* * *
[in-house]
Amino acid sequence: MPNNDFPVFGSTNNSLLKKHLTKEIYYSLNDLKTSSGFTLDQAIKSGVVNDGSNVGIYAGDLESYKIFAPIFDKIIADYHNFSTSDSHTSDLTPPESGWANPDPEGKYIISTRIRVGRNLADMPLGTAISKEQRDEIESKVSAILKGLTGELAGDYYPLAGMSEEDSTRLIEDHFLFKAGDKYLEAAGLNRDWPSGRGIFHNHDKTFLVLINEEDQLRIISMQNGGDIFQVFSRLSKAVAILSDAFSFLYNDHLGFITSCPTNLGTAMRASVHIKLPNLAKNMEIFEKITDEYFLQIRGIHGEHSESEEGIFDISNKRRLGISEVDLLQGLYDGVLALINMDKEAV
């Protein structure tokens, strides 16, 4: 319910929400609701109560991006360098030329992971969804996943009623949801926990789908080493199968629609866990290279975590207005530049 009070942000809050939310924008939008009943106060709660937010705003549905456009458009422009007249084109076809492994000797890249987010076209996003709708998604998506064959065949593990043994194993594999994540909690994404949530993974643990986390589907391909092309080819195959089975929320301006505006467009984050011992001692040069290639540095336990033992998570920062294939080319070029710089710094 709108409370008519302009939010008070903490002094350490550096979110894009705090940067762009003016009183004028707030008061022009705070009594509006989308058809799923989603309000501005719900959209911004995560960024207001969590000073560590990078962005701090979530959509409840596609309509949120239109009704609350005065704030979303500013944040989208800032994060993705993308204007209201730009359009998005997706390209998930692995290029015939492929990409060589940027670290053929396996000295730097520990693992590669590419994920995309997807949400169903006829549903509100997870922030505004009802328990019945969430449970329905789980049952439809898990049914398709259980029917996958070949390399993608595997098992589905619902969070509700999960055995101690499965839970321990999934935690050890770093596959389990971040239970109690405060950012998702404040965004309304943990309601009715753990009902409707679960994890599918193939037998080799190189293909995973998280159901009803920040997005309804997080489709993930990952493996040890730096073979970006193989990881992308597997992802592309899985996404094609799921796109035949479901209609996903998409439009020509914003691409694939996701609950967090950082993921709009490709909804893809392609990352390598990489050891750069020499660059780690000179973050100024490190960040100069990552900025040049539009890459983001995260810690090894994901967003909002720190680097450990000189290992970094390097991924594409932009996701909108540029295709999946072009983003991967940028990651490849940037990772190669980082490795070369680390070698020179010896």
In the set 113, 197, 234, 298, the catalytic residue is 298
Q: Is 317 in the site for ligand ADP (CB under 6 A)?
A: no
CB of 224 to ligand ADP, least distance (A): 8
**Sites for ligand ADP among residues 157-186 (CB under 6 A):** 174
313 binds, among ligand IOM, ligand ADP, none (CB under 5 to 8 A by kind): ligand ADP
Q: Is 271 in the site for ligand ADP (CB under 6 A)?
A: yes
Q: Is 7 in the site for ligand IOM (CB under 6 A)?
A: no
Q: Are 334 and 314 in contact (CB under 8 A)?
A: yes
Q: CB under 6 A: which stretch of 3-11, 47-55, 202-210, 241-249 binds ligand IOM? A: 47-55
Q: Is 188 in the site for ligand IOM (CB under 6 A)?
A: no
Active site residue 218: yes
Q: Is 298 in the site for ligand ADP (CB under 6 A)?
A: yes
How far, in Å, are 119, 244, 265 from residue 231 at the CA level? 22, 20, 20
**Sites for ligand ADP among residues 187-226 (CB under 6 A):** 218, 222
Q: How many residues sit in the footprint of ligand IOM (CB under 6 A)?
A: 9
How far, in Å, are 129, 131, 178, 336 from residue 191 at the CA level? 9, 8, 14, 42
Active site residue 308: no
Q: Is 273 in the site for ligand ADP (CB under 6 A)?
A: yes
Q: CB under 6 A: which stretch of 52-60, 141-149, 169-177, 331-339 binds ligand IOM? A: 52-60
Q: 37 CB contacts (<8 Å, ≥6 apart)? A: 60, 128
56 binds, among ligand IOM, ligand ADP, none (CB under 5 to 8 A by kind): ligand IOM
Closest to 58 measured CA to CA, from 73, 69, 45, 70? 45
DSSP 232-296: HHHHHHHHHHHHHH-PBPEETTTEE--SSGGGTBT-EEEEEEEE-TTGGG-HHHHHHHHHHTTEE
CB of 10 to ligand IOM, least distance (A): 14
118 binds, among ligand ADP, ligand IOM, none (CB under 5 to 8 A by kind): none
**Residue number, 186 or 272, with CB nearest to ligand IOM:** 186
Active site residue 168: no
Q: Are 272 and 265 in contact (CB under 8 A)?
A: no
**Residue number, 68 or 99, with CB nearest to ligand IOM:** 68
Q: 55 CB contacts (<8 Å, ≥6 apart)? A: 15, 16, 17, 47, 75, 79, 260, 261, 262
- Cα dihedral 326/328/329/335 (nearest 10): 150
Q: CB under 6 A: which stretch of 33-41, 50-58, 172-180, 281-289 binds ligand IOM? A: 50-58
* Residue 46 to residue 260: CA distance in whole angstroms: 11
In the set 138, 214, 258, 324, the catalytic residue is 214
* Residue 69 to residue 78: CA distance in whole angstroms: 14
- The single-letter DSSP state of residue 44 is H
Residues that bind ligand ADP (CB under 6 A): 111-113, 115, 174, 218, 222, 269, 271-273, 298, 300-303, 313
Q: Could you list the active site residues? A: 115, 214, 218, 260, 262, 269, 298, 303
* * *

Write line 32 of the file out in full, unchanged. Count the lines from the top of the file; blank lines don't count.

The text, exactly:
56 binds, among ligand IOM, ligand ADP, none (CB under 5 to 8 A by kind): ligand IOM